As they sat on the soft lounge chairs, he picked up a cup of coffee, stirred it slowly and said,
"Reverend, would you mind if I ask you a few questions about …about 'God,' and His existence? I'm an educated man and I tend to lean toward atheism, so I would like you to tell me why you have a belief in a Creator when there is so much evidence in the other direction." Reverend Smalley smiled and said "I would be happy to try and answer any questions, if will you stop calling me Reverend. I’m Edwin."
"Sure. Here’s my question. I can understand why Connie suddenly wanted to come to church. Death is a very scary thing and that's when 'faith' comes in handy. My own father prayed when the Nazis were heading for Poland. I spent four years fighting with the French resistance, and I would be a liar if I said that I never prayed when things were tough. But that's my point, when things get difficult, we all need to look to 'God' or the bottle--something to pull us through.
“I remember praying once and even being convinced that God answered my prayer, but I was backed into a corner and couldn't do anything but pray. I’m sure what I then thought was an answer to prayer, was nothing but a coincidence.
"Then there is actual evidence against the existence of God. First, there is the ever-present issue of suffering. If a God of love existed, He wouldn't allow it. What father would let his children starve to death, as we have seen happen in China in years past? Or what father would let his child suffer with cancer when he could easily cure him, as in the case of Connie?
"Second, what proof is there for His existence anyway? You can't hear Him, see Him, touch Him, taste Him or smell Him. All I ever hear when it comes to God is, 'You've got to have faith.' Well, I'm sorry Reverend . . . uh Edwin . . . I don't want 'faith,' I want good hard concrete evidence."
Jerry sipped his coffee, then put his cup to one side, shuffled a little in his seat and said,
"I must say I feel a little uncomfortable. Here I am a guest in your house, and I guess I have shaken your faith a little."
To his surprise, Edwin didn't look one bit shaken. He smiled politely and said,
"I had exactly the same sentiments for years. If I gave you a book, would you take the time to read it and get back to me with your thoughts? It's about atheists. It's called, God Doesn't Believe in Atheists. If you take the ti . . . "
Jerry lifted up his hand before he could finish his sentence and said,
"I really don't think it will help." The minister smiled in that he had uncovered the fact that Jerry wasn't asking questions at all, but merely airing his beliefs. He said,
"So, you are pretty sure of your facts?" Jerry was quick to respond,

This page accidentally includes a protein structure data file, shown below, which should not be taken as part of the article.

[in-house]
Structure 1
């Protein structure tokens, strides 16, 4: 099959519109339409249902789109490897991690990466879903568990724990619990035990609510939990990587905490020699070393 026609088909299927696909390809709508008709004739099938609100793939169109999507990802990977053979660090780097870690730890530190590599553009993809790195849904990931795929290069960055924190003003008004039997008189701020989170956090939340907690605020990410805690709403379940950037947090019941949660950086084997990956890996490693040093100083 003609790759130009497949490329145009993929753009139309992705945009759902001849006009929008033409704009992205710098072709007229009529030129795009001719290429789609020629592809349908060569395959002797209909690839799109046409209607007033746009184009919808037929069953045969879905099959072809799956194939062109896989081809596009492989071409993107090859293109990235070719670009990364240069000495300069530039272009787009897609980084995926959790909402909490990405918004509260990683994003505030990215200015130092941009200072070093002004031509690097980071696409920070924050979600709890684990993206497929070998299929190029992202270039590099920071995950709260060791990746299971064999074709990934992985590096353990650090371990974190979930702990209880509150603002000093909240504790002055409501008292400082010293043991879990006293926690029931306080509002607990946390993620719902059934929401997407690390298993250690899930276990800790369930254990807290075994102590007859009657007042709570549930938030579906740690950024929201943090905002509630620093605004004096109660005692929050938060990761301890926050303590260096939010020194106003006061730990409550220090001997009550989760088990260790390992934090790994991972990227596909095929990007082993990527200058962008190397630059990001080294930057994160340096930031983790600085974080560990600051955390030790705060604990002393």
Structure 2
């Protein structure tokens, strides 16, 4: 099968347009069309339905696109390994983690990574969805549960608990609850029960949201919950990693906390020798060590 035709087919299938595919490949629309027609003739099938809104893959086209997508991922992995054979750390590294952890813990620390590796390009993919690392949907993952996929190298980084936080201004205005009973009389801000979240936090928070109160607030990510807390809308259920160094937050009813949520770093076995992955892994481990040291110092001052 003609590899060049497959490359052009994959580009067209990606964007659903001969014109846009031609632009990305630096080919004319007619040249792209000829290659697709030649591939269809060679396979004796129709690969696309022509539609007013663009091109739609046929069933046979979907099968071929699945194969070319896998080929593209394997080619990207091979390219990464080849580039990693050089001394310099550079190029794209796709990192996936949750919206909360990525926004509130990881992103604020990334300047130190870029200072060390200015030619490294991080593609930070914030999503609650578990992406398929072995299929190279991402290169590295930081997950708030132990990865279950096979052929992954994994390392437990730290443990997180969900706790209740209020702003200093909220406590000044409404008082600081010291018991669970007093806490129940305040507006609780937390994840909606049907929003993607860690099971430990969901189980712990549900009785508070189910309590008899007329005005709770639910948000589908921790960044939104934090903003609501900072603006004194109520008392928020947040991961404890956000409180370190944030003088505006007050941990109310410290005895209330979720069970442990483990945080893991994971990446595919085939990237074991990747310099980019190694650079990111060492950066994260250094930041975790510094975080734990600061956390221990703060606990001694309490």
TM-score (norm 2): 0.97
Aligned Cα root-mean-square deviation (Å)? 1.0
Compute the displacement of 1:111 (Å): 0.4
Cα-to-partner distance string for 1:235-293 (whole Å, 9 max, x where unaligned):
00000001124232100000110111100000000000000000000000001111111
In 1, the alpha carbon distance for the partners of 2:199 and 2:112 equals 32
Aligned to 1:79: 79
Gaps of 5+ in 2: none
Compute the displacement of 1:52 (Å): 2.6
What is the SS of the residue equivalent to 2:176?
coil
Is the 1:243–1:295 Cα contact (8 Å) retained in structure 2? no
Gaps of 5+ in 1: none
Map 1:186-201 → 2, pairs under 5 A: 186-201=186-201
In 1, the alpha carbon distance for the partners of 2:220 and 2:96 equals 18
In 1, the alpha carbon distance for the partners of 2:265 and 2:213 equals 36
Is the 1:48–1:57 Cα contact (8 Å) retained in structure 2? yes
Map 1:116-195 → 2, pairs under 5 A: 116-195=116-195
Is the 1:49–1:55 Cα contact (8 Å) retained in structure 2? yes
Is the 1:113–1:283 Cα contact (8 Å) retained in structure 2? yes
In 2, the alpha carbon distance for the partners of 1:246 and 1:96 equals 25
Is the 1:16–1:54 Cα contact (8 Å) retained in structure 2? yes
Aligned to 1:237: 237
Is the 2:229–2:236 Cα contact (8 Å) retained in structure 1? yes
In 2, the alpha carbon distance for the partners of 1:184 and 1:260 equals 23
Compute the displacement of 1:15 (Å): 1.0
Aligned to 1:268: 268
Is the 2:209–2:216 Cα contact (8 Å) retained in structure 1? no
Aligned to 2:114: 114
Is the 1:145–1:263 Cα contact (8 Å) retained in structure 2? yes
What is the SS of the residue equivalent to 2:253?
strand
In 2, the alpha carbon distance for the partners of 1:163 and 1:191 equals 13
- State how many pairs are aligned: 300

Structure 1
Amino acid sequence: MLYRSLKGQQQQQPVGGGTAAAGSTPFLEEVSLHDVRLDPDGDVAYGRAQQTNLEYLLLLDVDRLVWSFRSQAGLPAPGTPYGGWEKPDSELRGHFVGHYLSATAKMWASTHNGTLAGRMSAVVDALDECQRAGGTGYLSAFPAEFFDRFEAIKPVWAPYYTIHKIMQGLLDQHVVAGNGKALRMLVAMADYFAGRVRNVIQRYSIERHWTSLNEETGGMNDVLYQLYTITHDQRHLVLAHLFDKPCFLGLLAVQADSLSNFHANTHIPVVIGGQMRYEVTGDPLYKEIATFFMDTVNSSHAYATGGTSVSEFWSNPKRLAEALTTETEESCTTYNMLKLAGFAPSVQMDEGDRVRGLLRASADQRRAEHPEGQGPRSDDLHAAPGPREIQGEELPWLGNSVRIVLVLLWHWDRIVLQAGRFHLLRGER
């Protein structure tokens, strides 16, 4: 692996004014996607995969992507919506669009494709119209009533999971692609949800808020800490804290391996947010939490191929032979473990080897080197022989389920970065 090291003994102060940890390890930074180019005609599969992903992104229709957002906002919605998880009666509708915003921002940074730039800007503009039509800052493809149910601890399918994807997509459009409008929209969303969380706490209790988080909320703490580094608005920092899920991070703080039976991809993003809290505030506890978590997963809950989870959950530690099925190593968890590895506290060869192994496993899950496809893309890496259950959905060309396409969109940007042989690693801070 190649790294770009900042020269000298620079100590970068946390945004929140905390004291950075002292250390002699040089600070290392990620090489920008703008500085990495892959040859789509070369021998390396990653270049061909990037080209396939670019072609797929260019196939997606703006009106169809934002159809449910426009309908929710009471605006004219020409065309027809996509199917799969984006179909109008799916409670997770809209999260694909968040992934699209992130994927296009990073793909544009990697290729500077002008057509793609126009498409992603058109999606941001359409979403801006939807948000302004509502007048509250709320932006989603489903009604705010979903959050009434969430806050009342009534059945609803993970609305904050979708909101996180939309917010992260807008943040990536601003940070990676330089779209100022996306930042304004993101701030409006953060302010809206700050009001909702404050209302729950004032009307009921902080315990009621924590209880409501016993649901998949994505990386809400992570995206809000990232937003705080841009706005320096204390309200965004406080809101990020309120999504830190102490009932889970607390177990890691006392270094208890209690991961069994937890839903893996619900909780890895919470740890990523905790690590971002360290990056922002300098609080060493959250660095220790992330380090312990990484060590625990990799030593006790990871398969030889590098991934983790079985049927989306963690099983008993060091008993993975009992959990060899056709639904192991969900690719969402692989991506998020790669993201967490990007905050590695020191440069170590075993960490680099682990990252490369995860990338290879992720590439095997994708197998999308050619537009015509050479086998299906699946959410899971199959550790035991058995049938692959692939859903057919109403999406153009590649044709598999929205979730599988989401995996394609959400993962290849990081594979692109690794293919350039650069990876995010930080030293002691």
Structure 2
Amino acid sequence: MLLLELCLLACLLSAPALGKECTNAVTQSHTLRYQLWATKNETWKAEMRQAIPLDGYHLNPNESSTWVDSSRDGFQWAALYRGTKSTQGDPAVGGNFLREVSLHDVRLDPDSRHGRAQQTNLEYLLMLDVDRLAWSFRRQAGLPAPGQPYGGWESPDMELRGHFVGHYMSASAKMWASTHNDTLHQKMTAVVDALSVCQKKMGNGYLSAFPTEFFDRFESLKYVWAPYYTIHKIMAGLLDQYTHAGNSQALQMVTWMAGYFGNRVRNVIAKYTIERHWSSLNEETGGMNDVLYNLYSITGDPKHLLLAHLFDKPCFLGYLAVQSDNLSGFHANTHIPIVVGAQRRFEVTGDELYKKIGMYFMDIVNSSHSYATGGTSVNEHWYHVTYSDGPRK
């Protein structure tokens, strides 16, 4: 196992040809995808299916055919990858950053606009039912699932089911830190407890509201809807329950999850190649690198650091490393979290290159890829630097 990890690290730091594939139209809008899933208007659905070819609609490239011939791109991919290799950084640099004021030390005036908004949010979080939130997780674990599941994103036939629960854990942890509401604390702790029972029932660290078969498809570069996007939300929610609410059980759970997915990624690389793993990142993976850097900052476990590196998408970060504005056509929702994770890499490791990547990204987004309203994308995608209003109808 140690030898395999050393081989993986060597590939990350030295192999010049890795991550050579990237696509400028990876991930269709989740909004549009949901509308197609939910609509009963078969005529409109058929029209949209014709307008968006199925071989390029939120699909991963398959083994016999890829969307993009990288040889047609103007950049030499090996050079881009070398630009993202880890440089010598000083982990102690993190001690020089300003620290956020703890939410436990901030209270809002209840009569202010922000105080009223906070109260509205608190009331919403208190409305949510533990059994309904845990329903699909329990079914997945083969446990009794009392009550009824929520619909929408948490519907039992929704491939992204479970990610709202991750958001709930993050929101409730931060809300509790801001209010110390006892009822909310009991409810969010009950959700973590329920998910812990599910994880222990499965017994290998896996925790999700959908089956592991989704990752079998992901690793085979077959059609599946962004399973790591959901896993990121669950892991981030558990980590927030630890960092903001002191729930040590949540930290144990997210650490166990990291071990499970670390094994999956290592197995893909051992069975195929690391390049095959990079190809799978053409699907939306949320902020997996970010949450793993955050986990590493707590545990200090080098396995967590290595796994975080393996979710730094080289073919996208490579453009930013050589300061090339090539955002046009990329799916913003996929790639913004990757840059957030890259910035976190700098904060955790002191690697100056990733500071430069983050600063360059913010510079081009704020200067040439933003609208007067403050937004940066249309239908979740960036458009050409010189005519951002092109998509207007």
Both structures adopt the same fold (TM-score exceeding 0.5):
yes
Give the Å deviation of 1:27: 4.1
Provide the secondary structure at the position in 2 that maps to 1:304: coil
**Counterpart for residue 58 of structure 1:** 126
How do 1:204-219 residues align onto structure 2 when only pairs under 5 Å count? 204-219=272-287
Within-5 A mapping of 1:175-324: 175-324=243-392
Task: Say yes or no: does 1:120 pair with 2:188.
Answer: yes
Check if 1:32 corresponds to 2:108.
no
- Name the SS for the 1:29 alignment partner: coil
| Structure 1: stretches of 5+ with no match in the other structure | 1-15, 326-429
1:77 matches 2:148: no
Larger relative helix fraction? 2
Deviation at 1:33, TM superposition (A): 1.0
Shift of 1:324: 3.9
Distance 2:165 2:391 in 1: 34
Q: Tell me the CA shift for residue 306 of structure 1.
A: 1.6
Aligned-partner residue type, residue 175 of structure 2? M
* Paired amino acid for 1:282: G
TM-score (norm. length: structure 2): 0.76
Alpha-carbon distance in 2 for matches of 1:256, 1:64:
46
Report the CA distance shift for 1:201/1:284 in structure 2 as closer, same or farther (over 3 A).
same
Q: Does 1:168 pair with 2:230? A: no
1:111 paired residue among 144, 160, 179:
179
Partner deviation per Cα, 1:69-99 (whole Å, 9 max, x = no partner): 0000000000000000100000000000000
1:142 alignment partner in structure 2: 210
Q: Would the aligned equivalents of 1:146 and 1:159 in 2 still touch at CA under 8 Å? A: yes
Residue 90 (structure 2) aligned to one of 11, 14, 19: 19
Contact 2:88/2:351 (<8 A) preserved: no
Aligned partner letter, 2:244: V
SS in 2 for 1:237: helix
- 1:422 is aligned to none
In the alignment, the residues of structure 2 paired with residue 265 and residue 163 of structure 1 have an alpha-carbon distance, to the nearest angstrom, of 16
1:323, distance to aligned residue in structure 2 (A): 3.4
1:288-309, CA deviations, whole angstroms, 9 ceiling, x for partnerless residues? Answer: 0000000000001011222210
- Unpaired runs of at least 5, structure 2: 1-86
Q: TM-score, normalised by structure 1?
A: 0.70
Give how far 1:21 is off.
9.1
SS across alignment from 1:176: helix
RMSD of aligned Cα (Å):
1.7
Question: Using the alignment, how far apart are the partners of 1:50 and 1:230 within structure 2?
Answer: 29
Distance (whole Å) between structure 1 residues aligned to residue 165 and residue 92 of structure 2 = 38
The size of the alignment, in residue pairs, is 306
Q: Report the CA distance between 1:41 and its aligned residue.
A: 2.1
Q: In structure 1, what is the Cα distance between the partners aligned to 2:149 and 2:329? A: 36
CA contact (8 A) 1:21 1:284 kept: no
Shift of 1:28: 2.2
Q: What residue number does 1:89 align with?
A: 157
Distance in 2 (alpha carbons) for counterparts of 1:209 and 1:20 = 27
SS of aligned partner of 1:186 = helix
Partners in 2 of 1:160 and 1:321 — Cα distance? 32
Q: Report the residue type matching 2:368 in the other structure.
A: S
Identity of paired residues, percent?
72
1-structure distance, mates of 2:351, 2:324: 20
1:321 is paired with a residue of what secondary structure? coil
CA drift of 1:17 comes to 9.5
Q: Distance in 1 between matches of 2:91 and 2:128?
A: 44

"Sure? To be quite honest, I haven't begun to bring out all the other evidence to support atheism--the fact of evolution—you can’t argue with science, the hypocrisy in the Church, the hateful doctrine of Hell, and the fact that Hitler was a Christian. " Reverend Smalley leaned forward a little and said,
"May I ask you a couple of questions?"
"Why not? Go ahead" Jerry retorted confident that he could handle anything the minister had.
"Look at my house. See the windows, the door frames, the interior paneling, the wallpaper, the electrical wiring, the tiles on the roof, etc. If I asked you if there was a builder, what would you say to me?"
Jerry's face revealed that he thought the question to be absurd and his tone carried a slight impatience as he said,
"The building exists; therefore there must be a builder. Buildings don’t make themselves. I don’t see your point."
"But I can't see him, hear him, touch, taste or smell him. What actual proof is there that he exists?"
Jerry shuffled in his seat and quietly said,
"What then would you think of my mental capacity if I told you that there was no evidence that there was a builder? What would you think of my intellect, if I said to you that I really believed that this house; with all the concrete, nails, glass, door frames, paneling, etc., happened by pure chance, by accident?"
Suddenly, it seemed like a light switched on in Jerry's head. He thought for a moment and said, "I would think that you were a fool."
“Here’s the second question. As an atheist, you believe that nothing created everything . . . a scientific impossibility?” Jerry didn’t answer. “You can’t truly believe that creation, or as a professing atheist you may call it “Nature,” made itself. This is because if it made itself, it had to pre-exist befor it made itself to be able to have the ability to make itself. So, you are stuck with the scientific impossibility of believing that nothing created everything.”
Jeremiah rubbed his chin thoughtfully, and said, “No, I don’t believe that. Obviously something created everything, I just be;lieve that it was God, and particularly not the ‘Christian’ God.”
“So Jeremiah, you’re not an atheist. You are what’s called an ‘agnostic.’ You believe that there was or is some sort of creative force. “
To be continued...